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20,000-strong "freedom walk" to mark 20 years of Mandela's release

Other News Materials 10 February 2010 16:10 (UTC +04:00)
South Africans are adamant that no-one can fill his shoes - but around 20,000 people will walk in the footsteps of former president Nelson Mandela on Thursday to celebrate the 20th anniversary of his release from prison.
20,000-strong "freedom walk" to mark 20 years of Mandela's release

South Africans are adamant that no-one can fill his shoes - but around 20,000 people will walk in the footsteps of former president Nelson Mandela on Thursday to celebrate the 20th anniversary of his release from prison, DPA reported.

Two decades after Mandela walked free from Victor Verster prison near Cape Town, after 27 years behind bars for resisting apartheid rule, the world's cameras will again be trained on the prison on Thursday morning for a re-enactment of the famous walk.

Mandela's former wife, Winnie-Madikizela Mandela, who was by his side as he took his first steps to freedom on February 11, 1990, at the age of 71, will lead the crowd in a symbolic 500-metre walk towards the prison gates, Mandela's African National Congress (ANC) party confirmed.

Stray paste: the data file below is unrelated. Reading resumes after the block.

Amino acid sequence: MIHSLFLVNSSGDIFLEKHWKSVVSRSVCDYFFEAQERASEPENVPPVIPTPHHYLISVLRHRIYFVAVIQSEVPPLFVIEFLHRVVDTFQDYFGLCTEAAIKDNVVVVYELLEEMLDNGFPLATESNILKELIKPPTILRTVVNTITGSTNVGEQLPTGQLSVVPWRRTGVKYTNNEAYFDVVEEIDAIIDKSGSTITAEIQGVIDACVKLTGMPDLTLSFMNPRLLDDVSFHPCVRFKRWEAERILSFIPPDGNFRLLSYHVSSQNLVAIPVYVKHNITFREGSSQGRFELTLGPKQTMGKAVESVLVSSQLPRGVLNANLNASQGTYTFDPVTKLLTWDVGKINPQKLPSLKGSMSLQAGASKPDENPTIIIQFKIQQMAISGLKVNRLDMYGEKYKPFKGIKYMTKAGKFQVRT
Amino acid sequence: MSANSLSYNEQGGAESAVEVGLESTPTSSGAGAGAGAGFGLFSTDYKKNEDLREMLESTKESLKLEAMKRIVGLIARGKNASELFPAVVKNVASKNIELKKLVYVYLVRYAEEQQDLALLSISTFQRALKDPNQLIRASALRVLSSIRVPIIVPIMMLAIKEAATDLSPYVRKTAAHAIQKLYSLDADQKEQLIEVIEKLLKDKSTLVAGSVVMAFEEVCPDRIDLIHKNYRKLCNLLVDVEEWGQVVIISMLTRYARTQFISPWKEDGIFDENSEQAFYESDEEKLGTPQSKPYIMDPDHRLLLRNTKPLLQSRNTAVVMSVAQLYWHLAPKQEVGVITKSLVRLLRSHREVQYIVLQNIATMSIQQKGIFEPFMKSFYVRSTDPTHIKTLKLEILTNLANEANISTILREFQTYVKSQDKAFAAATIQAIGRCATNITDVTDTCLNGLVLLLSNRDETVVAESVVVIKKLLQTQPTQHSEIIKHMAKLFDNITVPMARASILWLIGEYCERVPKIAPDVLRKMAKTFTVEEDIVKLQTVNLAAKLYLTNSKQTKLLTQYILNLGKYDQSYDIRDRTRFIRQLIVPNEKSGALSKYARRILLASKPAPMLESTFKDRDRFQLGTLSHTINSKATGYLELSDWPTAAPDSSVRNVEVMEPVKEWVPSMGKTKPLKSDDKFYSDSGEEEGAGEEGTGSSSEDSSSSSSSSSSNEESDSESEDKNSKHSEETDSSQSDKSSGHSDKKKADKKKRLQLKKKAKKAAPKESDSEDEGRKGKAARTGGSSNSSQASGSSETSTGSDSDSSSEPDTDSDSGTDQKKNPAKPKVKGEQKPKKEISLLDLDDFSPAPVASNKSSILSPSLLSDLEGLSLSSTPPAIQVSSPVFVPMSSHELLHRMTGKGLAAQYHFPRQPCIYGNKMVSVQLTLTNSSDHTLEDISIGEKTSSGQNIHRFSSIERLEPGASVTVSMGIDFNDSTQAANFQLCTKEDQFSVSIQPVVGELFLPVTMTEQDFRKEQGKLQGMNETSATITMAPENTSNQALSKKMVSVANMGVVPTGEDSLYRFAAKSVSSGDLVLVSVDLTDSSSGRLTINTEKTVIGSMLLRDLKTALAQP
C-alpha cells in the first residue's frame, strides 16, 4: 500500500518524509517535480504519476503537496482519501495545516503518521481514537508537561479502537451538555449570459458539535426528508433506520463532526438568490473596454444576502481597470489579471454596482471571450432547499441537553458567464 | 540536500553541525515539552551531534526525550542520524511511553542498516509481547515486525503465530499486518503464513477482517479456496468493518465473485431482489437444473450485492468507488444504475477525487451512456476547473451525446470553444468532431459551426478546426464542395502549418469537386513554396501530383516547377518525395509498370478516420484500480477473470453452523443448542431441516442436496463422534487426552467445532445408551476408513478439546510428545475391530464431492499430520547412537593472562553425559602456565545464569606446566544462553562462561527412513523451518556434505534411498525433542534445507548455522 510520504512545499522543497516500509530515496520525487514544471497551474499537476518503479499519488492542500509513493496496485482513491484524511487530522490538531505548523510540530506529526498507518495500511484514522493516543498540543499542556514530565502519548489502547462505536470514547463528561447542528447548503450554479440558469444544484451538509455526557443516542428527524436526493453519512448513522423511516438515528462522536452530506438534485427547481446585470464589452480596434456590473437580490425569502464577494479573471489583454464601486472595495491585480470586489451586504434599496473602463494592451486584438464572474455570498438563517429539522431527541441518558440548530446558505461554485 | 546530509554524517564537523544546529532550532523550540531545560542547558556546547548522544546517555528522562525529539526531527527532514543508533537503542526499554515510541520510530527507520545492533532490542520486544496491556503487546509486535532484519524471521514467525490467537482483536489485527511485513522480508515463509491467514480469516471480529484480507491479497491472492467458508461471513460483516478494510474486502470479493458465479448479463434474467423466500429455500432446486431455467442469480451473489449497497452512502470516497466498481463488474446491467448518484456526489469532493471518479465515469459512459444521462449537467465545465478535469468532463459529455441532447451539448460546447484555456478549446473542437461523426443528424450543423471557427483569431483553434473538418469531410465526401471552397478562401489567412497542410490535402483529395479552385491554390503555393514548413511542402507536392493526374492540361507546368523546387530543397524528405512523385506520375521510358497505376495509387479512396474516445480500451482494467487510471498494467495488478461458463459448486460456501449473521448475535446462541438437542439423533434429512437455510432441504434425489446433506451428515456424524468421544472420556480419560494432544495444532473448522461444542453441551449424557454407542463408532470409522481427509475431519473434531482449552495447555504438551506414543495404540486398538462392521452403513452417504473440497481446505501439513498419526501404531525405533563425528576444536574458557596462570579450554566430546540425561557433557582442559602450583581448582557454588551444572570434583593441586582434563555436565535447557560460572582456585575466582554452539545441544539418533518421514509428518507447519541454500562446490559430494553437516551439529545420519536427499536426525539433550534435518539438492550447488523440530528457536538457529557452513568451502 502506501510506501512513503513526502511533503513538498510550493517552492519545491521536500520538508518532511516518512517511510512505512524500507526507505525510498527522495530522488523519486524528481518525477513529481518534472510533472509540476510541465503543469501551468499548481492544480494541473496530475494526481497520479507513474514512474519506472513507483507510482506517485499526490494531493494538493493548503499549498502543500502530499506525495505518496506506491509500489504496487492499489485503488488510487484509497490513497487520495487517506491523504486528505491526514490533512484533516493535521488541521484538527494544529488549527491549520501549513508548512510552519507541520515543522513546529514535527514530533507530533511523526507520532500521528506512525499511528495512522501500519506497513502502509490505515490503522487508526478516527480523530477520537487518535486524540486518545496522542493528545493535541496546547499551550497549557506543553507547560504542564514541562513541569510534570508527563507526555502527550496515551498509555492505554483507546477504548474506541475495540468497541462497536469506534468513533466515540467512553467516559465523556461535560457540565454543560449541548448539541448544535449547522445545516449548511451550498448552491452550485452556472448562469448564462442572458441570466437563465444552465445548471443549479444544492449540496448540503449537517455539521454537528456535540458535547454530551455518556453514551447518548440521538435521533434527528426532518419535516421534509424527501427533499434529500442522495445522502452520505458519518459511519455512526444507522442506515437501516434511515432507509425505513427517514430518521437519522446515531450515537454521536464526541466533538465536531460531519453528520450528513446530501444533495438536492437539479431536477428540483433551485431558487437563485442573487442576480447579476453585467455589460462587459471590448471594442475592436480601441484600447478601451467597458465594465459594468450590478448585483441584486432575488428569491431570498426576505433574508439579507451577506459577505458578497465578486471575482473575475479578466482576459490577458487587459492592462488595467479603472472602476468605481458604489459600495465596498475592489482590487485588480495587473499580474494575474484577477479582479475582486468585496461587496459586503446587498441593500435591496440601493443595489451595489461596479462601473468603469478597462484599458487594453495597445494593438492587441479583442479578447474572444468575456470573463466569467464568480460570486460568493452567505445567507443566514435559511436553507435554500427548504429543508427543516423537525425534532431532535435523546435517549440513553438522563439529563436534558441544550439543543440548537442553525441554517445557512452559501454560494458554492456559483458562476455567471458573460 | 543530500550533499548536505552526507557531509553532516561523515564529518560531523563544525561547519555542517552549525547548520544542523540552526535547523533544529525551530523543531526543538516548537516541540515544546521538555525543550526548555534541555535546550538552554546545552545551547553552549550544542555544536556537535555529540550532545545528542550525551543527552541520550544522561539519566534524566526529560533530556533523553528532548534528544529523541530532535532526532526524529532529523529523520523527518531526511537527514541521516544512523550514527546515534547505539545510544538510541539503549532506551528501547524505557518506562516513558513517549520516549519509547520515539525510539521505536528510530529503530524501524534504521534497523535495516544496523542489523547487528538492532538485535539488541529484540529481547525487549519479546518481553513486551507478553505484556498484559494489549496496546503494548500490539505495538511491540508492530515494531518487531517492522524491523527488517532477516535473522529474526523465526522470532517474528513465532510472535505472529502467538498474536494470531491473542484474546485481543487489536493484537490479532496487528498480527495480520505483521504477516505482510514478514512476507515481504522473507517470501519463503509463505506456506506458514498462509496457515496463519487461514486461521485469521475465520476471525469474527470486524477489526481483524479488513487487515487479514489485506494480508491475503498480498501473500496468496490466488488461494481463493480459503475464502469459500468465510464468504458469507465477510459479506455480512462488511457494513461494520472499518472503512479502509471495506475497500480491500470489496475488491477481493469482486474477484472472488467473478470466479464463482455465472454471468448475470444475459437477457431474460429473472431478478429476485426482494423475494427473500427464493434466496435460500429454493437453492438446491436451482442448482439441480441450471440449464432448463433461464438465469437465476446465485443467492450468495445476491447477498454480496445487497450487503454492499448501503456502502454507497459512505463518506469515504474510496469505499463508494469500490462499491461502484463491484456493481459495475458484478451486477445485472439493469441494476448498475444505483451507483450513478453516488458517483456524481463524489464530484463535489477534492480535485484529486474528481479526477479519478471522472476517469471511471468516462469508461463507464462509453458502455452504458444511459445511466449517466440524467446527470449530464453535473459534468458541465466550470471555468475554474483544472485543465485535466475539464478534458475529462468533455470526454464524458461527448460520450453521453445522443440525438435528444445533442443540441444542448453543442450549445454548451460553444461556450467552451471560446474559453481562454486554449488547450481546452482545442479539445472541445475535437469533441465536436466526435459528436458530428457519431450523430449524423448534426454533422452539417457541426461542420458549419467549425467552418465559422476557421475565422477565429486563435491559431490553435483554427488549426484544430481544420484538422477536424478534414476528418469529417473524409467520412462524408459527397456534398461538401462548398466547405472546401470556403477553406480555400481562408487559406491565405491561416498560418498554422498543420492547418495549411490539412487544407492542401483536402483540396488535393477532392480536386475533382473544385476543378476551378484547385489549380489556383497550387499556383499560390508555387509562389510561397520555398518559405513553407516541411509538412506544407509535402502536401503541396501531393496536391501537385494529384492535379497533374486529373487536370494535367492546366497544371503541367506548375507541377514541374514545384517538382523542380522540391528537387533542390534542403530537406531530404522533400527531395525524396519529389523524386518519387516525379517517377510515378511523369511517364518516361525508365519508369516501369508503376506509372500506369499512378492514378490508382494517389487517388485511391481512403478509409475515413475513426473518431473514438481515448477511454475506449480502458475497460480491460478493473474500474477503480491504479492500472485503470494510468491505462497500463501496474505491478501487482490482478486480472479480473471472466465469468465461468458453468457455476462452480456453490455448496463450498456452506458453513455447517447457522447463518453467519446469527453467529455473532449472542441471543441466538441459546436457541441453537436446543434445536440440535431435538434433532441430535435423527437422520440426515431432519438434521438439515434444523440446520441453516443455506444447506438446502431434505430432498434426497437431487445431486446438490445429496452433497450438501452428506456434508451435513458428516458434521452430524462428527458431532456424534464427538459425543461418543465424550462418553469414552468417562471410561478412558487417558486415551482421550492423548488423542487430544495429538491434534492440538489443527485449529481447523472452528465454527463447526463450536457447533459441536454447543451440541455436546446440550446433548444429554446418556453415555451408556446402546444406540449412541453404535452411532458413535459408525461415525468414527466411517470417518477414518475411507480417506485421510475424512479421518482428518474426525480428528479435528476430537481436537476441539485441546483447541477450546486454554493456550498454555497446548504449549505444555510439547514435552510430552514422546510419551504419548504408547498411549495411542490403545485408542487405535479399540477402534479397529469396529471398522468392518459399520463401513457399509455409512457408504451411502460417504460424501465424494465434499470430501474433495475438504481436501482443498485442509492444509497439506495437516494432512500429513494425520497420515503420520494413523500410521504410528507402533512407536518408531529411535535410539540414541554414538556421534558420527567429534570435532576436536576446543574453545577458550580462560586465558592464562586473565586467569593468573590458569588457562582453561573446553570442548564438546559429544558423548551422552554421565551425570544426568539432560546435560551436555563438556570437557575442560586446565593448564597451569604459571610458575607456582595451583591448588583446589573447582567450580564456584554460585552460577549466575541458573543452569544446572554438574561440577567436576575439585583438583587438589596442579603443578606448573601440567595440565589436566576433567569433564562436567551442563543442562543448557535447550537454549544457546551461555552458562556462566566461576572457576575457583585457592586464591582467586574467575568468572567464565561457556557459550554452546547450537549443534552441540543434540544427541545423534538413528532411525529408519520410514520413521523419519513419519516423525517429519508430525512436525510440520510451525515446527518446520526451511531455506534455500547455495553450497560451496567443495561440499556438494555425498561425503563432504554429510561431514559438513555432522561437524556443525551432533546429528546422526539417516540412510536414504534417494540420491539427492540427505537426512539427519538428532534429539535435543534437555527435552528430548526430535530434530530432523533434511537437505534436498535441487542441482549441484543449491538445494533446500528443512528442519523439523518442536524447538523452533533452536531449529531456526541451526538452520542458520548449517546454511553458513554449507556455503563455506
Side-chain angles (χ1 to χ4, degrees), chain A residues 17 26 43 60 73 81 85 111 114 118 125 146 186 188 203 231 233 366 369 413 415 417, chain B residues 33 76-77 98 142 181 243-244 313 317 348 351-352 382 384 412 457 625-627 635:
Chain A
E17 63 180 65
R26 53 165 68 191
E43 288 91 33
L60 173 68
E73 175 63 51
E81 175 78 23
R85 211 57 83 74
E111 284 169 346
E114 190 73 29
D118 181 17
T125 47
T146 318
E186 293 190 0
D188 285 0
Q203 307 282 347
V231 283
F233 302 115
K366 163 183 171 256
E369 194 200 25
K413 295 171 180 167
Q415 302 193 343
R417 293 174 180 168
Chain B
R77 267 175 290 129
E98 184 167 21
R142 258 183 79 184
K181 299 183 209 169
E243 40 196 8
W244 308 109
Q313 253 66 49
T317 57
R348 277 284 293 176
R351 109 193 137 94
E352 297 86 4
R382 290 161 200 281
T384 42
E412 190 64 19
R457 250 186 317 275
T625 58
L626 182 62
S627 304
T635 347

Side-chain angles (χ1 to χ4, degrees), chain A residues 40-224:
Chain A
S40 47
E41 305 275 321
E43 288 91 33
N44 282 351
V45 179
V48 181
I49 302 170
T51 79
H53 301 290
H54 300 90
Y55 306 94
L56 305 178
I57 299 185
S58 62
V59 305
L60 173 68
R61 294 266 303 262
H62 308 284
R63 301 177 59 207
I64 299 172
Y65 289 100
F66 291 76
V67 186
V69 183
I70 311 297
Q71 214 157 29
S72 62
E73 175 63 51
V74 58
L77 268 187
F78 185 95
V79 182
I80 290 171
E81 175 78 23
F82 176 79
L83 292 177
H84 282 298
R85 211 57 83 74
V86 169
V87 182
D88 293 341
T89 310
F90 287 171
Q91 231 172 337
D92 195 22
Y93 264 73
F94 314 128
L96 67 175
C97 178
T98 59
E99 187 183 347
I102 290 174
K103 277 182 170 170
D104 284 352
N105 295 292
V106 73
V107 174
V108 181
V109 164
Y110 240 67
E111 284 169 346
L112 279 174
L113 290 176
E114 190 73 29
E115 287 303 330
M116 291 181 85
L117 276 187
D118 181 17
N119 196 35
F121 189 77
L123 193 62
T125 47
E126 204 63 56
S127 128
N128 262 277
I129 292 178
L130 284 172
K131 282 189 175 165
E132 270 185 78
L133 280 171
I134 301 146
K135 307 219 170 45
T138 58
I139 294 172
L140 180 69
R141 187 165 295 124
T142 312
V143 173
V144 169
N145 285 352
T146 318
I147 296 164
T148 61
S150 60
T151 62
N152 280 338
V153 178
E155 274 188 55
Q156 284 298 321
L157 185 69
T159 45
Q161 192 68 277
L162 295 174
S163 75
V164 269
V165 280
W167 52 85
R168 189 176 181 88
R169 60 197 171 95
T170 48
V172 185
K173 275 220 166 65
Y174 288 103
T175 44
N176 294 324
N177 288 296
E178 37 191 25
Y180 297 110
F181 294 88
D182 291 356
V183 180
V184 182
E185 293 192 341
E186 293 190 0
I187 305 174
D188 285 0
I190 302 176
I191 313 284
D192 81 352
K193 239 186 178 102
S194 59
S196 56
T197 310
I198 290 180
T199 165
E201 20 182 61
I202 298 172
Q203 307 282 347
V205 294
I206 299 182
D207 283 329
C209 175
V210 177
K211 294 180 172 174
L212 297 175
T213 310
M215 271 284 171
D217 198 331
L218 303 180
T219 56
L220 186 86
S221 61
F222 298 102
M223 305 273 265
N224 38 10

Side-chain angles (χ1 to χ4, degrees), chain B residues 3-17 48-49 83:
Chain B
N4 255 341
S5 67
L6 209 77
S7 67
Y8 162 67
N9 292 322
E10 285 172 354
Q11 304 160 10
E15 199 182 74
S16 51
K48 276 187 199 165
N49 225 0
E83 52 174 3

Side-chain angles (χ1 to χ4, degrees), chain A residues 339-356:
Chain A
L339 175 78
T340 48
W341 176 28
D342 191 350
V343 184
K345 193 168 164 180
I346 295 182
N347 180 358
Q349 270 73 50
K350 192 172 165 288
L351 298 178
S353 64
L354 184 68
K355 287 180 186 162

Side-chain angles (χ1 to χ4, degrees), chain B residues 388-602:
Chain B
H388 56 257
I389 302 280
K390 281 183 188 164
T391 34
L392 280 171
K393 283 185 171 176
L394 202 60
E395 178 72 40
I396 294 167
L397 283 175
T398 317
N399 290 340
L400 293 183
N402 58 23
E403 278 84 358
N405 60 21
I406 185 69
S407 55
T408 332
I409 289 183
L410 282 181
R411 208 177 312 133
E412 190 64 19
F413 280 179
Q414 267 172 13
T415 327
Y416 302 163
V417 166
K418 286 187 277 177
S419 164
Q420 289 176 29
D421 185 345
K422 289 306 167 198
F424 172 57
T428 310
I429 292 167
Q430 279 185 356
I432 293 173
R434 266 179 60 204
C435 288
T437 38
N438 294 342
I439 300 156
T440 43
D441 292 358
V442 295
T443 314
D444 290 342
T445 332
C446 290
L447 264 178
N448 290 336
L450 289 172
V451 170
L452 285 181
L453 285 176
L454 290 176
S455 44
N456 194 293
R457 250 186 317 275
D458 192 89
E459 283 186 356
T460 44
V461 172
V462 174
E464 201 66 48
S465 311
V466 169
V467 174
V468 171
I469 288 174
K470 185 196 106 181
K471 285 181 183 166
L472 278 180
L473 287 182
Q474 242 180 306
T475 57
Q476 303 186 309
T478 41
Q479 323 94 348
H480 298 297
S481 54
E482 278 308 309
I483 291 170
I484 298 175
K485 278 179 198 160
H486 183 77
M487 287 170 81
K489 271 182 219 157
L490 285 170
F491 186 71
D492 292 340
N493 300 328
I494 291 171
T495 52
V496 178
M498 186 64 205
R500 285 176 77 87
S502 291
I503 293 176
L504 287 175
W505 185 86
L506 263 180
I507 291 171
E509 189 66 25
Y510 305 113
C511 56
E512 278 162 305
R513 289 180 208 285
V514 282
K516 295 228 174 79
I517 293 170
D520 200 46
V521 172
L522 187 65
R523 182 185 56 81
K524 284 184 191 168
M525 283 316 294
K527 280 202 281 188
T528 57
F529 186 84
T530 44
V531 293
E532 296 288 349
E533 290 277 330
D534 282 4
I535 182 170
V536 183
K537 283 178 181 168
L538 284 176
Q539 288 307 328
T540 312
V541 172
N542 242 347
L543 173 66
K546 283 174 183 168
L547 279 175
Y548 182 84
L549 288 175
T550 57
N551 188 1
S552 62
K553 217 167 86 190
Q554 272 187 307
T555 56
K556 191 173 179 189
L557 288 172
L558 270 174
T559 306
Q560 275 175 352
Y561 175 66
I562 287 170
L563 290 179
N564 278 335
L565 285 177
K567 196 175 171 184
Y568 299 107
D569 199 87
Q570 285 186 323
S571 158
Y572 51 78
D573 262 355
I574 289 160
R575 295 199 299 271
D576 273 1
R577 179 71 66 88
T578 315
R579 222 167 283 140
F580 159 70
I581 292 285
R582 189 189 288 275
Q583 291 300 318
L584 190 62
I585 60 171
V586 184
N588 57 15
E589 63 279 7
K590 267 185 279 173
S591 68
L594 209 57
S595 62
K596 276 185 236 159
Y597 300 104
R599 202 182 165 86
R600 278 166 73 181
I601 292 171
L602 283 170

Mandela, who is now a frail 91-year-old, will not be participating in the march but will attend the opening of parliament later on Thursday in Cape Town, where President Jacob Zuma will deliver the annual State of the Nation speech.

The opening of parliament is always a symbolic affair, full of ceremonial pomp and military displays.

Zuma has dedicated this year's address to Mandela but the solemnity of the occasion has been undermined by a presidential sex scandal.

Last week, the polygamist Zuma, who has three wives and a fiancee, was forced to apologize to the nation after it emerged he had fathered a 20th child last year, with a woman other than his four partners.

The affair, which has soured many in South Africa against the president and raised questions about his commitment to safe sex in a country in the throes of a HIV/AIDS pandemic, has seen Zuma compared unfavourably to Mandela in the media and public discussions.

Meanwhile, tributes to Mandela, whose release set in motion a series of events culminating in the peaceful end of the repressive apartheid regime, have been pouring in from around the country, with everyone sharing their memories of the historic day.

Mandela, who became the country's first black president four years after his release, marked the anniversary last week with a dinner at his home in Johannesburg for a group of ANC veterans.

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